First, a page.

Why does Russia want Ukraine so badly? This is what a geography book tells us

Analysts say Putin wants to create a Russian empire and Ukraine is a crucial part of his plan.

A view of the national flag of Ukraine flying over the capital with the Motherland Monument to the right, in Kiev. AP

One can blame Vladimir Putin’s infamous ambition for Russia’s actions on Ukraine, but the real reason may be far more earthly and compelling: geography.

A 2016 edition of Tim Marshall’s Prisoners of Geography provides a refreshing take on geopolitics. It explains how the rivers, seas, mountains, glaciers, forests and plains dictate the international relations of Russia, China, the US, Western European countries, Africa, the Middle East, Korea and Japan and Latin America.

It also describes how the geography of India and Pakistan – the watery arc of the Indian Ocean, the Arabian Sea and the Bay of Bengal, the Hindukush in the northwest and the Himalayas in the north, the plateau of the Balochistan desert, the North West Frontier mountains, and the Karakoram Mountains that lead back to the Himalayas – form the bloody rink of a tragic conflict.

The general perception (there is some truth to it) among international policy experts is that Putin wants to be the person who, under his care, puts Ukraine back into Russia’s arms. The Russian president has given himself another 14 years to do so.

Analysts say Putin wants to create a Russian empire. Ukraine is a crucial part of his plan. In a 2015 speech, Putin called Ukraine the “crown jewel of Russia”, raising alarms among Western authorities. It came a year after Russia annexed Crimea and then a piece of Ukraine.

In 2021 Putin wrote another passionate piece.

“As the wall that has been built in recent years between Russia and Ukraine, between the parts of what is essentially the same historical and spiritual space, in my opinion is our great common misfortune and our tragedy. These are primarily the consequences of our own mistakes that we have made in different periods. But these are also the result of deliberate efforts by those forces that have always tried to undermine our unity,” Putin wrote. “Russians, Ukrainians and Belarusians are all descendants of ancient Russian, the largest state in Europe. Slavic and other tribes across the vast territory – from Ladoga, Novgorod and Pskov to Kiev and Chernigov – were connected by one language (which we now call Old Russian), economic ties, the rule of the princes of the Rurik dynasty , and – after the baptism of Rus – the Orthodox faith. The spiritual choice of St. Vladimir, who was both Prince of Novgorod and Grand Duke of Kiev, still largely determines our affinity. The throne of Kiev had a dominant position in ancient Rus. This had been the custom since the late 9th century. The story of bygone years recorded for posterity the words of Oleg the Prophet about Kiev: ‘Let it be the mother of all Russian cities.’”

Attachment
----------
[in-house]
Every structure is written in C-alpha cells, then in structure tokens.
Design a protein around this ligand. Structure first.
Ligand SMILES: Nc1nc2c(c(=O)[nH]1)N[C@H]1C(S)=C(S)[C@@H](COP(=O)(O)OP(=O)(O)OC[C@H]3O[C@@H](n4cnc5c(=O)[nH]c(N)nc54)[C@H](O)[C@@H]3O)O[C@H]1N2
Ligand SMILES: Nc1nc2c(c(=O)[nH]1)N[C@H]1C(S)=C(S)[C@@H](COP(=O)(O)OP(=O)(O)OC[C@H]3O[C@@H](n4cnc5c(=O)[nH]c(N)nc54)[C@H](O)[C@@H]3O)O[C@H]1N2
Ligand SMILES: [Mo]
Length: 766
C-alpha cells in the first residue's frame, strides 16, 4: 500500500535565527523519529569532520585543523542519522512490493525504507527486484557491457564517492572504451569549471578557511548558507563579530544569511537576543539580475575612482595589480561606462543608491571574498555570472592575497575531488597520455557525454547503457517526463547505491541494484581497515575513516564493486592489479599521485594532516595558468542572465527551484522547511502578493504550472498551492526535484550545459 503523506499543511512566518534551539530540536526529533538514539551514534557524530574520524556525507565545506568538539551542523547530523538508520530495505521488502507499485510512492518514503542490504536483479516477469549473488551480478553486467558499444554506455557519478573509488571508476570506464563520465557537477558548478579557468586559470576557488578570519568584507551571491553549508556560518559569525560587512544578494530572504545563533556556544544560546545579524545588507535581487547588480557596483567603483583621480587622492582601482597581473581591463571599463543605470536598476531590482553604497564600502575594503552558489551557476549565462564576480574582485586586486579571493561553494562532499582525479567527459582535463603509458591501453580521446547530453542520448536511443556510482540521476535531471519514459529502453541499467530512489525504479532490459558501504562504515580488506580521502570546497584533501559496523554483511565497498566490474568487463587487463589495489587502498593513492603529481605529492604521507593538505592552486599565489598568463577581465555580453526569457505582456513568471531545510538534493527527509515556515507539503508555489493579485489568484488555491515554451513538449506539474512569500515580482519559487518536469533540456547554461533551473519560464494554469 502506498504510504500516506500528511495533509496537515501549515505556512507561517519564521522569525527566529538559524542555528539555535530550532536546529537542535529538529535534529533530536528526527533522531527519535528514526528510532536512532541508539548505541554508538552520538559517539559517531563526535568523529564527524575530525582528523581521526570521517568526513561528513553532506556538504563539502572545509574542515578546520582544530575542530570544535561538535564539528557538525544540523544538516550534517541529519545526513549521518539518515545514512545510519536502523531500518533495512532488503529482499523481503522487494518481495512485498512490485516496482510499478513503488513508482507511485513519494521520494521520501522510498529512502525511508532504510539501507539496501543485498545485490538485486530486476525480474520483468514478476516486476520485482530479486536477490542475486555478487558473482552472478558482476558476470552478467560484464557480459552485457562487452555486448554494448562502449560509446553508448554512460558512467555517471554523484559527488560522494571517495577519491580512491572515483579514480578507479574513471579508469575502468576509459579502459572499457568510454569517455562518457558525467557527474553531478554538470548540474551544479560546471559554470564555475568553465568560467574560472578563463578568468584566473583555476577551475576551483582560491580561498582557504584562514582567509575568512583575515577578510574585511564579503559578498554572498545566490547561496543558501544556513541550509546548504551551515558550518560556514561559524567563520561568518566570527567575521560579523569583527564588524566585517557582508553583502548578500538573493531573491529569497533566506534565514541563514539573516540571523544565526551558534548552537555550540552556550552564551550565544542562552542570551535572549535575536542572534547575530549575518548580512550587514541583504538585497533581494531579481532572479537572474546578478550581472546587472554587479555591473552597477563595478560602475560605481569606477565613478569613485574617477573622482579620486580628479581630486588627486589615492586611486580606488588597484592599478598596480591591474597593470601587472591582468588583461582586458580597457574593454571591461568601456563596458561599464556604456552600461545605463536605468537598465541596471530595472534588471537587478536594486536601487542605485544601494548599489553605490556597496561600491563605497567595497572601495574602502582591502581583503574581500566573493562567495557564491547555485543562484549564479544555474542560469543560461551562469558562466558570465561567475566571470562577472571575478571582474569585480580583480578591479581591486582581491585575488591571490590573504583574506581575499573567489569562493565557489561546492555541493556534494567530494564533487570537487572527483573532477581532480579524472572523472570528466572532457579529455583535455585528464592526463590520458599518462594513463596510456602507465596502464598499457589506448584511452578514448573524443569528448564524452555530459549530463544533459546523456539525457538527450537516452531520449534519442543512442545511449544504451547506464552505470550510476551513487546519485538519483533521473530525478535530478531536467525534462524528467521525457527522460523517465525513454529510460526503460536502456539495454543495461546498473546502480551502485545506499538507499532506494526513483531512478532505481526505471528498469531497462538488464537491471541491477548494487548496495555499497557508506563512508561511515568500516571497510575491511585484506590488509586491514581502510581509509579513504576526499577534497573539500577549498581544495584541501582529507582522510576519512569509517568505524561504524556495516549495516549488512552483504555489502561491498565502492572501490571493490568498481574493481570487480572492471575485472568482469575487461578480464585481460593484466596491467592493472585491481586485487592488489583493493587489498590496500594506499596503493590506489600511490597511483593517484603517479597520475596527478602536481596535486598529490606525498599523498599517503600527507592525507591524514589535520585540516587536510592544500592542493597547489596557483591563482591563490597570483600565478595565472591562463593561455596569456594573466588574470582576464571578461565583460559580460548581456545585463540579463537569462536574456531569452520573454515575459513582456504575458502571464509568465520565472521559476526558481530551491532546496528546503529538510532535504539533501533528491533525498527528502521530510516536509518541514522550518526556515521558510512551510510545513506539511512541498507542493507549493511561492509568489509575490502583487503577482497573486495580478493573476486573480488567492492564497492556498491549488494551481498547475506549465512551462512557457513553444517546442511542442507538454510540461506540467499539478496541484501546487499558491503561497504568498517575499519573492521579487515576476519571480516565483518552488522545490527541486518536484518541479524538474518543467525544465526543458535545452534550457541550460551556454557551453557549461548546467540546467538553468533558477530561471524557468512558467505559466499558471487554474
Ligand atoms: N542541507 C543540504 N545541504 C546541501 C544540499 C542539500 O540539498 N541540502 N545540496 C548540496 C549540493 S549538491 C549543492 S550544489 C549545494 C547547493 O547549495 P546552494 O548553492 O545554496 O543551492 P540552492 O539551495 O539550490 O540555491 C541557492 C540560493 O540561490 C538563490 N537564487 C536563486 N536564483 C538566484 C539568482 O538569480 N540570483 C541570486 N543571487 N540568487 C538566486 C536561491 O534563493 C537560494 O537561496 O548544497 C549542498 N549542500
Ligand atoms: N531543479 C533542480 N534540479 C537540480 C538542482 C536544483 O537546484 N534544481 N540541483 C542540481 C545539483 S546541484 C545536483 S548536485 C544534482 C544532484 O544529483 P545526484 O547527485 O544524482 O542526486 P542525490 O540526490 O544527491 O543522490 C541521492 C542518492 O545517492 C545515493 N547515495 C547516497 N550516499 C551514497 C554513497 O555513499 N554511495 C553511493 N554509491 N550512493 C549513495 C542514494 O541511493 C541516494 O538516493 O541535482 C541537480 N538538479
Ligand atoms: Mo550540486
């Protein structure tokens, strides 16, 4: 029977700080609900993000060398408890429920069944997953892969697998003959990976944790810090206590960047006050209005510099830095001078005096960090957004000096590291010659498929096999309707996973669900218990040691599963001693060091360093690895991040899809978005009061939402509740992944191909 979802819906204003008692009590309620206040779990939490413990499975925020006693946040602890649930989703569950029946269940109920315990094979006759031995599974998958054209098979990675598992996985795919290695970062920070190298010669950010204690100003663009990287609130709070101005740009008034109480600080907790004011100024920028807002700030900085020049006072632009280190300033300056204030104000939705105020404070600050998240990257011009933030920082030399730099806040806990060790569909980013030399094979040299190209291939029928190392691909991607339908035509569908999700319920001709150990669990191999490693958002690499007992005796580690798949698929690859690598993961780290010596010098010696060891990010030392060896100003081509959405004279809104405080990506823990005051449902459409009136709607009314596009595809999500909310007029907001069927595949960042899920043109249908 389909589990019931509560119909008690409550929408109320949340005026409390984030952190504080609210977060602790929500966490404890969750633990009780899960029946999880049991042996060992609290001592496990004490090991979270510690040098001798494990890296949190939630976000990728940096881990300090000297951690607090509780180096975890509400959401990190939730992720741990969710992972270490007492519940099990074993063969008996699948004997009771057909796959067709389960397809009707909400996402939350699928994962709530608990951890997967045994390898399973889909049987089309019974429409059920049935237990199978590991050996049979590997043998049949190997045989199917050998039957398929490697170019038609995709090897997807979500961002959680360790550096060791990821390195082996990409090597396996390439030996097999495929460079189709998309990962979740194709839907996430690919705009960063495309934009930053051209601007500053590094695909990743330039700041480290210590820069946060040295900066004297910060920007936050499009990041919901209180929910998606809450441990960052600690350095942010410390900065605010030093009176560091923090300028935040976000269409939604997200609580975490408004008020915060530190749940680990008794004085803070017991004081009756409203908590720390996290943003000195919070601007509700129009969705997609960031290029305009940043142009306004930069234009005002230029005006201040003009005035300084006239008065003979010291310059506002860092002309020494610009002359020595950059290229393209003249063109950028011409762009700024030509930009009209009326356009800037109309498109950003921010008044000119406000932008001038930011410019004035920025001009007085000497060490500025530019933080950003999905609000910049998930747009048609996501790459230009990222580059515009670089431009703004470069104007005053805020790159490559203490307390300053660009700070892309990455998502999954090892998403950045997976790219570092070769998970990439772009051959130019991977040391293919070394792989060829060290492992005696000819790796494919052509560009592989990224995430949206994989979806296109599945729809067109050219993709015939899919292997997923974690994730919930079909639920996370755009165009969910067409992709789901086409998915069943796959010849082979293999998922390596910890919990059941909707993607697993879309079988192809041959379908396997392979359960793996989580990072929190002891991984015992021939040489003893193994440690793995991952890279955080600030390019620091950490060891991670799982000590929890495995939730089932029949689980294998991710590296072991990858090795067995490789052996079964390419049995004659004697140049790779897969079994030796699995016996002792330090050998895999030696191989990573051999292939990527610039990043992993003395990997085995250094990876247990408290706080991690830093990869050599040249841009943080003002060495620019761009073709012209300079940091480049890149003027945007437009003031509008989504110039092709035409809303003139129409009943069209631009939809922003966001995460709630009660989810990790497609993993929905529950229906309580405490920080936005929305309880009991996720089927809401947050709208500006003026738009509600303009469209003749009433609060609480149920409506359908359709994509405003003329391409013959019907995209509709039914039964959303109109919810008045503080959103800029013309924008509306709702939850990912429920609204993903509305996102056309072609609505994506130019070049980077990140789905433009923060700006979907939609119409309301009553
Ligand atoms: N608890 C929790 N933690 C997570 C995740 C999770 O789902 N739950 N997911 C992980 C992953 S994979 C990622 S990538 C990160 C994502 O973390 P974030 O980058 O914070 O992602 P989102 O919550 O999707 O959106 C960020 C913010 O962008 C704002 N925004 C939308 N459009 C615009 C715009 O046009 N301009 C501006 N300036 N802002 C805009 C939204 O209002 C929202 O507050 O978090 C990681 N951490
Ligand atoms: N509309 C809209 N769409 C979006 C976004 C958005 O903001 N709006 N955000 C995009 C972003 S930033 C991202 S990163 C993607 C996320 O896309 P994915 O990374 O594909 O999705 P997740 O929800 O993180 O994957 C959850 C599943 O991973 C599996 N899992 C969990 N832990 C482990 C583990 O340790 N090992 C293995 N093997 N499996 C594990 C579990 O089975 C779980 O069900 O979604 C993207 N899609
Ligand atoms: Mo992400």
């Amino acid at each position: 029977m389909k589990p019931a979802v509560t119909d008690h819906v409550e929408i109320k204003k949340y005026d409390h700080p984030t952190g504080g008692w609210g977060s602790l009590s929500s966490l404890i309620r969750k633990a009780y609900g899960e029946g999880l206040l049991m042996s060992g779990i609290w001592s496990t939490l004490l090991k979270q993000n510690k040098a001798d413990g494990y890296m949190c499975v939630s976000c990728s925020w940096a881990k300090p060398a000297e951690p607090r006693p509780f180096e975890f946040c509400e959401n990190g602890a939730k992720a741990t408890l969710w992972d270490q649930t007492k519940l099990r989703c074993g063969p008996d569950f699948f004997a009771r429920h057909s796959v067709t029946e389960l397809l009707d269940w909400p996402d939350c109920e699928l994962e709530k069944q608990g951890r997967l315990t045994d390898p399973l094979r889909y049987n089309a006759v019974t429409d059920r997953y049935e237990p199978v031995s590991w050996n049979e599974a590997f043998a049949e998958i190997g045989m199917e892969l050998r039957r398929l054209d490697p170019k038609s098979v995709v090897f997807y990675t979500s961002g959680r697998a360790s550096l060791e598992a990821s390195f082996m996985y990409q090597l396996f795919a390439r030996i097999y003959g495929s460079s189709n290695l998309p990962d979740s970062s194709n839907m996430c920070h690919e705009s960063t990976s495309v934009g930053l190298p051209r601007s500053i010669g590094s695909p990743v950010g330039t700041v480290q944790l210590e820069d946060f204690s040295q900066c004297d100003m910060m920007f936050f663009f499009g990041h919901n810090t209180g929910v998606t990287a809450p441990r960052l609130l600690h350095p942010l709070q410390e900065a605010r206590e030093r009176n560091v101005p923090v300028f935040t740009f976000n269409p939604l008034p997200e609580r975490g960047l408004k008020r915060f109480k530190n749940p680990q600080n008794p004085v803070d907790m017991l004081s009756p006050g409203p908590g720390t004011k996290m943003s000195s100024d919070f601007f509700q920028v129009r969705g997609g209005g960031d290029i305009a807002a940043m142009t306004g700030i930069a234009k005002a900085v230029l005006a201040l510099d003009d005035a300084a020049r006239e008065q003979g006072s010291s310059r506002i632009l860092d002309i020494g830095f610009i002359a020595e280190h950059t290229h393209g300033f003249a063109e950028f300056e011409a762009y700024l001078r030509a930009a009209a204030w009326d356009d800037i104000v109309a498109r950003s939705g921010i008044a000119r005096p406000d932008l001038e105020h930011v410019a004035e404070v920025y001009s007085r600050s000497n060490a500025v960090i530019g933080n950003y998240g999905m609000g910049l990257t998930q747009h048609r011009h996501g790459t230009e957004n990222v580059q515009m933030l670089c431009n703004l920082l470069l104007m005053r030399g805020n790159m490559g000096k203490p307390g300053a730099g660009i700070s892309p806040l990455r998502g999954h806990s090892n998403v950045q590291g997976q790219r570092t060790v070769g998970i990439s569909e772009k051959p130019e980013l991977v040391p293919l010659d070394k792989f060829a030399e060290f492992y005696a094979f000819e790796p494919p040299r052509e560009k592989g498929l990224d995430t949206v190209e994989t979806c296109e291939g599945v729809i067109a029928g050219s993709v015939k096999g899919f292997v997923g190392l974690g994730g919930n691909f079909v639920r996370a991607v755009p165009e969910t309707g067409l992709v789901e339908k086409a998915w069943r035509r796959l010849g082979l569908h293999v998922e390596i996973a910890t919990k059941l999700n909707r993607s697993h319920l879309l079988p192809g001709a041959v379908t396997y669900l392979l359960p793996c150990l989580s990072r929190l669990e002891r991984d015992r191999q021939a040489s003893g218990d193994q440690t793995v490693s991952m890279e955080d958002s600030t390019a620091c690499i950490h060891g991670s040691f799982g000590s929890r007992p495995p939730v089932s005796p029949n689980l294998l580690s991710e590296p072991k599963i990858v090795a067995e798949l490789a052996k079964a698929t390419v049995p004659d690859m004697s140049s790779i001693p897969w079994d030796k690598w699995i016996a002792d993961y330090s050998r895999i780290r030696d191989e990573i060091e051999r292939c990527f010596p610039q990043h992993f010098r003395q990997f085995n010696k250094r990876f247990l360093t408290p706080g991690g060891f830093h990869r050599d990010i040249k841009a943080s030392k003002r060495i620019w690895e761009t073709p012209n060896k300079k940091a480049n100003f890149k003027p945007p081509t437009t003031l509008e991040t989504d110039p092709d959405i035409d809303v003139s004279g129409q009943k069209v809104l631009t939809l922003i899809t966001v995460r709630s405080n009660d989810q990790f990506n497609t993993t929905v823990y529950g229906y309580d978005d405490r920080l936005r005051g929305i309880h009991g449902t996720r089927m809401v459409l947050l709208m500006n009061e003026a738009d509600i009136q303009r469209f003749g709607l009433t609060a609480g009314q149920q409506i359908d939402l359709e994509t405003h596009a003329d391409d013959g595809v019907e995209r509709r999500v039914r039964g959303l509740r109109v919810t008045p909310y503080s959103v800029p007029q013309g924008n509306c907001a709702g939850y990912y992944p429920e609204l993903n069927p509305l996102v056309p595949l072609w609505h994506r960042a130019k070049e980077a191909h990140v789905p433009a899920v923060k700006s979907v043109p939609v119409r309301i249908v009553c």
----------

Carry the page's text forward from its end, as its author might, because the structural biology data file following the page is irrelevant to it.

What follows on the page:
But civilizational nostalgia or imperial design does not fully explain Russia’s need to invade Ukraine. When the USSR collapsed and split into 15 countries due to political overload, horrendous economy and defeat in Afghanistan, part after part fell apart and left it completely exposed geographically.

“Moscow’s dream of open sea routes with warm water has since disappeared and is now perhaps more than 200 years old. This lack of a warm water port with direct access to the oceans has always been Russia’s Achilles heel, which is just as strategically important to Russia as the Northern European Plain. Russia is at a geographical disadvantage only because of its oil and gas rescued from a much weaker power,” writes Tim Marshall in Prisoners of Geography. “Geography had revenge on the ideology of the Soviets.”

He says that as long as there was a pro-Russian government in Kiev, the Russians were confident that the buffer zone would persist and protect the Northern European Plain. Even a neutral Ukraine that steers clear of the European Union or NATO and keeps the line to the warm water port of Sevastopol in Crimea would be good. Ukraine’s dependence on Russia for energy was considered harmless.

“But a pro-Western Ukraine with ambitions to join the two major Western alliances and which questioned Russia’s access to its Black Sea port? A Ukraine that could one day house a NATO naval base? I couldn’t stand that.”

Sevastopol is Russia’s only major warm water port. But access from the Black Sea to the Mediterranean is hampered by the 1936 Montreux Convention, which gave NATO member Turkey control of the Bosphorus. In a time of conflict, even that access can end.

Beyond the Bosphorus, the Aegean Sea, the Mediterranean Sea and the Strait of Gibraltar impede Russia’s movement to the Atlantic Ocean or the route to the Indian Ocean through the Suez Canal. The naval presence in Tartus in Syria is strategic but limited.

In the event of a war, the Russian navy cannot go to the Baltic Sea either, because NATO controls the Skagerrak Strait, which connects to the Northern Strait. As Russia gets past the Skagerrak, the GIUK (Greenland, Iceland, UK) rift in the North Sea hinders its advance into the Atlantic.

Obviously, geography has not been kind to a great nation and civilization. But will it work its way out of that handicap to help Russia? Only history will tell.

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